Sunday, February 24, 2008
There is the smell of smoke and excrement intermingled with the freshness of spring as I stand tiredly holding a dripping paint brush. I am painting a mural on the outside of a kindergarten. I am alone and silent. My thoughts wander in the last hours of daylight…
What is the nature of indwelling sin? Does it have the face of a man who would beat the woman he loves more than anything in the world? Does it look like a young man so deprived of any encouraging word that he must seek his dominance through violence and rage? Does it have the look of a girl who believes what is said about her worth, so she solicits the stares of middle aged men on the market streets and border bridges? Is it a mother who cannot fathom trying to fight uphill to provide for the family she already has and so bounces from whatever beds will give her children a meal? Does it look like the person who, even in the midst of poverty, is so consumed with an adherence to material things that he would vandalize, terrorize another to prove any sort of boundary between the two? Does it look like an American missionary making vast assumptions about the faith of another based not on any spiritual aspect, but solely upon their physical dwelling; when one assumes the character of another's spirit or level of inherent happiness and peace because of the décor or placement of their shack? Perhaps it is actually more when a large group of people seeks to appropriate the practice of others in order to justify their own unsatisfying and unwarranted pharisaic cravings. Maybe it is when tolerance…no love takes a back seat to dogma and pride. Maybe it is when I actually hinder others from believing the stark liberation of this thing called the gospel because I refuse to not simply practice but believe it. Maybe it is not when I am being inadequate of pardon, but more truly when I refuse to believe that I am so pardoned; when I lay down what it means to be truly spiritual for the interplay of a man made system; when I skip over life's chapter on the peace of the indwelling Holy Spirit and focus on those of the ever present darkness; when I forget the Apostle Paul's urging to remember that I have the same Spirit as Christ.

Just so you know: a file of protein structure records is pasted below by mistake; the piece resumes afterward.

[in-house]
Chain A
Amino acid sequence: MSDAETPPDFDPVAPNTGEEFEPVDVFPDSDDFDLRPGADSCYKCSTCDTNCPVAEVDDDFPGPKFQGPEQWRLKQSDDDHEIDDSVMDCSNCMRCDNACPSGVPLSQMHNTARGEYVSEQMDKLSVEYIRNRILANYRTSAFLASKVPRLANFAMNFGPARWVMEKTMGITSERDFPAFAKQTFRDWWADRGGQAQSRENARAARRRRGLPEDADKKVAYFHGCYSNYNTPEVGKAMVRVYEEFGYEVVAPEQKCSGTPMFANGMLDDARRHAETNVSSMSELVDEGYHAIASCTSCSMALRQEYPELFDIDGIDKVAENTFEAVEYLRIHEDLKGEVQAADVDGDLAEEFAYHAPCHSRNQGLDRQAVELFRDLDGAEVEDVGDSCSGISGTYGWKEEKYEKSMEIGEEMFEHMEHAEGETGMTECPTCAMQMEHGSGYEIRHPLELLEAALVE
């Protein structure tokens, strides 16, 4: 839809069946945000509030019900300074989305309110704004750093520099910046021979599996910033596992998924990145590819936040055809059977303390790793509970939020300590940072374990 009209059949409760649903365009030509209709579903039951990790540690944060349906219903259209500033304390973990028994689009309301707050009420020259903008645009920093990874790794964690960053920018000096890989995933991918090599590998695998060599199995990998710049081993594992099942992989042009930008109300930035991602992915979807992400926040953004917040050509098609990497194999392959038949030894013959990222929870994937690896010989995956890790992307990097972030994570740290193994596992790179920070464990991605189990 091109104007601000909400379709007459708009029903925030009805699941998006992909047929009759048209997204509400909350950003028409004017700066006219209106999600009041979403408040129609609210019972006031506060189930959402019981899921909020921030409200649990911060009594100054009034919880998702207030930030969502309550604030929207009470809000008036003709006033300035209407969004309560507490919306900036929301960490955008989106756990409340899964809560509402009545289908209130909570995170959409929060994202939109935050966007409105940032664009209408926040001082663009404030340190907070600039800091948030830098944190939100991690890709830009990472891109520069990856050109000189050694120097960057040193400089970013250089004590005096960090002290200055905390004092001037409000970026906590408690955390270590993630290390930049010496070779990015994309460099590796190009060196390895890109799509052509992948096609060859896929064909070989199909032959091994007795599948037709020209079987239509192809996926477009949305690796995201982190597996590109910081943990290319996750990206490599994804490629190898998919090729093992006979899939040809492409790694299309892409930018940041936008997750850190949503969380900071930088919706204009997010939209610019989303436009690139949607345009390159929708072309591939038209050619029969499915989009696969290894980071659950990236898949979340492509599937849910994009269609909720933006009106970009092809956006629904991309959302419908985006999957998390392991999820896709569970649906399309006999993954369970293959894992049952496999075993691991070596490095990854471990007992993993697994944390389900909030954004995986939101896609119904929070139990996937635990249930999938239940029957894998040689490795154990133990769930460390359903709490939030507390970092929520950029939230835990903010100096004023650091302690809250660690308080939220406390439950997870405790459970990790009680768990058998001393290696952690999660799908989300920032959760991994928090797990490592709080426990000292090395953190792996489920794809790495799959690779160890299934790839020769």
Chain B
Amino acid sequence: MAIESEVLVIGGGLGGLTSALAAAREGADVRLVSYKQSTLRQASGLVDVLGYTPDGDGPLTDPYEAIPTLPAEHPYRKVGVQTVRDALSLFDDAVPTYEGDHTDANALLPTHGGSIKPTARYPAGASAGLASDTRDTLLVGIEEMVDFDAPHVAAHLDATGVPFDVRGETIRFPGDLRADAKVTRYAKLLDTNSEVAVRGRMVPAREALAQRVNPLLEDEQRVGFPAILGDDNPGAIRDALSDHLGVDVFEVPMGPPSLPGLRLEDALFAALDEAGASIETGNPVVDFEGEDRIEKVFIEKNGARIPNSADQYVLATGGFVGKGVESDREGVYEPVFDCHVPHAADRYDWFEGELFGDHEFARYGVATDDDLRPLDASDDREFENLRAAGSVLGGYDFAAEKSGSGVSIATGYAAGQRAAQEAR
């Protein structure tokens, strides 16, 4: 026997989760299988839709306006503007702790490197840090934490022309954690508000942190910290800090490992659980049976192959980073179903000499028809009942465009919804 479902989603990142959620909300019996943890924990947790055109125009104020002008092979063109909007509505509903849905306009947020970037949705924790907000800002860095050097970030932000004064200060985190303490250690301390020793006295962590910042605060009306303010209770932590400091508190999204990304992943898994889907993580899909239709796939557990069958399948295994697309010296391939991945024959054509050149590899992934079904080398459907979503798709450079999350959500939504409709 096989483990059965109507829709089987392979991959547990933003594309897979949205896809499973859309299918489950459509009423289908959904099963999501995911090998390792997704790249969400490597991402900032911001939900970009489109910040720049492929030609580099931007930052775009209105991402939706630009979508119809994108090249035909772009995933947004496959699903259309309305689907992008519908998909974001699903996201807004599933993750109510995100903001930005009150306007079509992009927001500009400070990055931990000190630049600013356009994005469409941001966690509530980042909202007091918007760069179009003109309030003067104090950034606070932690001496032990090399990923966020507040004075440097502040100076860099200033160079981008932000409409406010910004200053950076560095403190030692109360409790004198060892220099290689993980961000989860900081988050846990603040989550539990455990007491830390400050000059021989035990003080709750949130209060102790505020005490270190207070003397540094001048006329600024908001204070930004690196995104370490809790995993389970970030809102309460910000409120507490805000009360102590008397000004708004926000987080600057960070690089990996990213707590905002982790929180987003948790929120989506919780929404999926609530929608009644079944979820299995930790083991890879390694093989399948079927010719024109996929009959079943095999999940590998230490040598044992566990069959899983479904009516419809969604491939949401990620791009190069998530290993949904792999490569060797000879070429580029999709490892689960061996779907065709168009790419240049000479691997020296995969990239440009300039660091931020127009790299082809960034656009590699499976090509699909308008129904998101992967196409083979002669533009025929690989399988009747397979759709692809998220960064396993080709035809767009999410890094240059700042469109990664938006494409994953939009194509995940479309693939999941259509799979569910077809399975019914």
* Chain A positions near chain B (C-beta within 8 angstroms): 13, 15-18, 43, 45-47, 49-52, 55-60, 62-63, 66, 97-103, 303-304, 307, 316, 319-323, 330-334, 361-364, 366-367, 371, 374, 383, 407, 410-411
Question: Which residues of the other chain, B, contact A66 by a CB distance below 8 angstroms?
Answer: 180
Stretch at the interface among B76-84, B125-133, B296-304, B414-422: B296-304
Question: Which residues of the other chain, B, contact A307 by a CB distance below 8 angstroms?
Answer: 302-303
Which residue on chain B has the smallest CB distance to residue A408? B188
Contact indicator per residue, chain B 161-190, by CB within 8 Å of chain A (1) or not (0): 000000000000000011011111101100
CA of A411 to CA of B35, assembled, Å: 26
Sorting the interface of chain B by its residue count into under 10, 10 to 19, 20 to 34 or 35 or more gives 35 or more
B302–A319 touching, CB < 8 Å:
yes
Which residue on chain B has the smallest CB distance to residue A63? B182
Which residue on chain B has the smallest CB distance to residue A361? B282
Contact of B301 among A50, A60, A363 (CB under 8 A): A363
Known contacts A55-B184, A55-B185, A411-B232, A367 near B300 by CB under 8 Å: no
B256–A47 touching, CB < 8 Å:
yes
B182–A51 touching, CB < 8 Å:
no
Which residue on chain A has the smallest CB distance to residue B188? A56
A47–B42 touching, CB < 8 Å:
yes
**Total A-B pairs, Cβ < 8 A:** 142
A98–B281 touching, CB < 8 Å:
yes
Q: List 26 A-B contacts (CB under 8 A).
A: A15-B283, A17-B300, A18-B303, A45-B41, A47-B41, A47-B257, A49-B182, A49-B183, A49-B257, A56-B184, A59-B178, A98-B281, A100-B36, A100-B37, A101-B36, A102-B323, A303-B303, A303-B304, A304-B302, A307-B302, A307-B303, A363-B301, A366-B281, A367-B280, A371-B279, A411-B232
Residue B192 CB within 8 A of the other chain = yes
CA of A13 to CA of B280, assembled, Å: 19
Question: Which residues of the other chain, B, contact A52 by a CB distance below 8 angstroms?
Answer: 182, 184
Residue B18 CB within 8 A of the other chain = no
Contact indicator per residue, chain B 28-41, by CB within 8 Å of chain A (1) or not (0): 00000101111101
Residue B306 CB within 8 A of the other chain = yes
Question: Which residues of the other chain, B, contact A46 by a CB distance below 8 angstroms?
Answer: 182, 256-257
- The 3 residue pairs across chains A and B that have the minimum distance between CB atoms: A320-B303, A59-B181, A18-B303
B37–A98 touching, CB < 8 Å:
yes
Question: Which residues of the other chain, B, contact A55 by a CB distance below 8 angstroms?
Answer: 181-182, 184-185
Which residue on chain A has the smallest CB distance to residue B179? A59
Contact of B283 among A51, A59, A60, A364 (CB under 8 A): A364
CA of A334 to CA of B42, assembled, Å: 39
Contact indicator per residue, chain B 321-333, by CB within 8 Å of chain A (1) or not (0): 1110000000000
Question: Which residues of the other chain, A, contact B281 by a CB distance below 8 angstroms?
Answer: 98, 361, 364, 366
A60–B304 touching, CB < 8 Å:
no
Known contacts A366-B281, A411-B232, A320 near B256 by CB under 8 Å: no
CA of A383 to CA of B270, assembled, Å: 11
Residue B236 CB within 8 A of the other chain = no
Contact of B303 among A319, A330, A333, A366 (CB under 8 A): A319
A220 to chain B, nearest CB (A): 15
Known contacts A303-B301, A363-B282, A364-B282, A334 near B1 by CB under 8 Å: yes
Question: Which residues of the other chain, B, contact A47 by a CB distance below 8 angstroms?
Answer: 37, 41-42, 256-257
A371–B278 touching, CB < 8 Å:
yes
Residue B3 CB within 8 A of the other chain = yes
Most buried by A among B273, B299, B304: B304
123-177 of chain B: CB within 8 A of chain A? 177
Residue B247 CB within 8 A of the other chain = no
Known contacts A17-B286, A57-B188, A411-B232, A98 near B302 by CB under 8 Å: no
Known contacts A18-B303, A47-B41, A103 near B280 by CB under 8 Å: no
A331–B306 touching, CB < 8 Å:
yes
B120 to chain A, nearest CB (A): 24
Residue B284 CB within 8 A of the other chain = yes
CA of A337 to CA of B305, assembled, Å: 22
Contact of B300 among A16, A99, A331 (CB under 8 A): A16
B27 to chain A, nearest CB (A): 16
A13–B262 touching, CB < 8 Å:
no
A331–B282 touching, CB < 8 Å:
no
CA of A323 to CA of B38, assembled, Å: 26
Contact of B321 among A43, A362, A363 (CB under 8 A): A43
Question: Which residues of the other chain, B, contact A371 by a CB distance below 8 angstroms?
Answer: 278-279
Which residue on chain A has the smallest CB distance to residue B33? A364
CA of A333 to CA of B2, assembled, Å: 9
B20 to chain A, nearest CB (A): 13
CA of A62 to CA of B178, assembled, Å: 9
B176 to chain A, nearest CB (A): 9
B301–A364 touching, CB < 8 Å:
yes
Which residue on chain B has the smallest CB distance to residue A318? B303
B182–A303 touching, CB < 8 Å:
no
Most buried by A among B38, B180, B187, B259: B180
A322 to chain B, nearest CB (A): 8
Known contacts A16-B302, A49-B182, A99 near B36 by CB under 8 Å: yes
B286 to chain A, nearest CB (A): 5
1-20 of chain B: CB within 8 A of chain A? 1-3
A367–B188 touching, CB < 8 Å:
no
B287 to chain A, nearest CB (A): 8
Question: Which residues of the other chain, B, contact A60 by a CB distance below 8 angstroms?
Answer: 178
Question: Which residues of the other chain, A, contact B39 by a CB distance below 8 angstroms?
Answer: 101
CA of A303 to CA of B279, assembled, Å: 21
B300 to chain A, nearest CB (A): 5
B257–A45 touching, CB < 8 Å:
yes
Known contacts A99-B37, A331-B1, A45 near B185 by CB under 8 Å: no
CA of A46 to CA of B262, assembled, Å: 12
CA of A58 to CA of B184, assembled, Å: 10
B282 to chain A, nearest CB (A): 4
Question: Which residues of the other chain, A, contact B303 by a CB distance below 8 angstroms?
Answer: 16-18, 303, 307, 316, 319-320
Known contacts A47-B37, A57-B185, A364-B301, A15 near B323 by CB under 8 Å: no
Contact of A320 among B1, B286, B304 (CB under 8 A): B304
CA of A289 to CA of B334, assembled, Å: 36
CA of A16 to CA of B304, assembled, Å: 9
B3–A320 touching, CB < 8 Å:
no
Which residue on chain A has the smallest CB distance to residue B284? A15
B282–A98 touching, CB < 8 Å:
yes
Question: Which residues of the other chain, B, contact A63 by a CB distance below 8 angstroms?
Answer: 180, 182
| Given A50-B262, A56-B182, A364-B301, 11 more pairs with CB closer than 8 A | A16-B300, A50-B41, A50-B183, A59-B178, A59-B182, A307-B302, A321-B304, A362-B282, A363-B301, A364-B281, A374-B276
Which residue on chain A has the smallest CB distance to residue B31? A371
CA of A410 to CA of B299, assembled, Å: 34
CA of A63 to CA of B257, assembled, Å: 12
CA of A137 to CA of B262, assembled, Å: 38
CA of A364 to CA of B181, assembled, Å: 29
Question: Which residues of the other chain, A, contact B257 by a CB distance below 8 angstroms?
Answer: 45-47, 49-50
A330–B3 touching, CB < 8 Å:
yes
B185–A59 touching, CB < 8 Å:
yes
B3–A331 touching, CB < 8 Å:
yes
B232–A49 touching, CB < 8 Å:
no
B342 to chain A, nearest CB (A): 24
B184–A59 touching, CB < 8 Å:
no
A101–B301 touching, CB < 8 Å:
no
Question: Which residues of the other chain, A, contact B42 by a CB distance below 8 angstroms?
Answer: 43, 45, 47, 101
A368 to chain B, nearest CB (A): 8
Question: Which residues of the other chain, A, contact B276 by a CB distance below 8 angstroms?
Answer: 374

Dusk falls upon me as I drive home, and with the last streaming rays of sun I struggle to suppress the thought that I should leave this place. That life at home would be much easier – not from any sort of facet of comfort, but as a retreat from the poignancy of my vast inadequacies. I struggle to remember Christ and the peace of His Spirit. I struggle to remember my salvation. My heart wrestles to recall the place where I might be free and encourage others to be the same. I climb out of the truck and examine the paint splotches upon my clothes. I take note of the aroma of food filling the trash-filled streets where families struggle and play.
Sunday, February 17, 2008
The chilling wind bites into my hands and grabs hold of the bones in my fingers. I can feel my joints slowing as I push for every step further. I am fighting with my mind, trying to convince myself that it is fine to be out right now. I generally like to go out earlier in the day before the Chollos or gangsta-wannabe’s come out to play soccer or loiter about. It is not that they are ominous in general, but having never really seen anyone keep a regular running schedule in this neighborhood, I have become somewhat of a pseudo-celebrity for the kids and family, which means, of course, the attention of the older youth is exacerbated; sometimes they just need someone to mess with. At the moment, they are occupied in their game of Futbol and pay little attention to me. As I round the bend to one of my final laps, I see a figure ahead of me. It is a young boy holding a bit of a large stick. I come closer behind him and whisper, “¡Con permisso!” Obviously having startled him, he turns and raises the stick ominously ready for attack. I smile at him, and I say, “¡Hola Chavo!” as I pass by. I see his face relax, and he continues to poke around the trash and bushes. Continuing on my way, I see a group of his friends coming to join him. I continue around the outer fence of the school for another lap.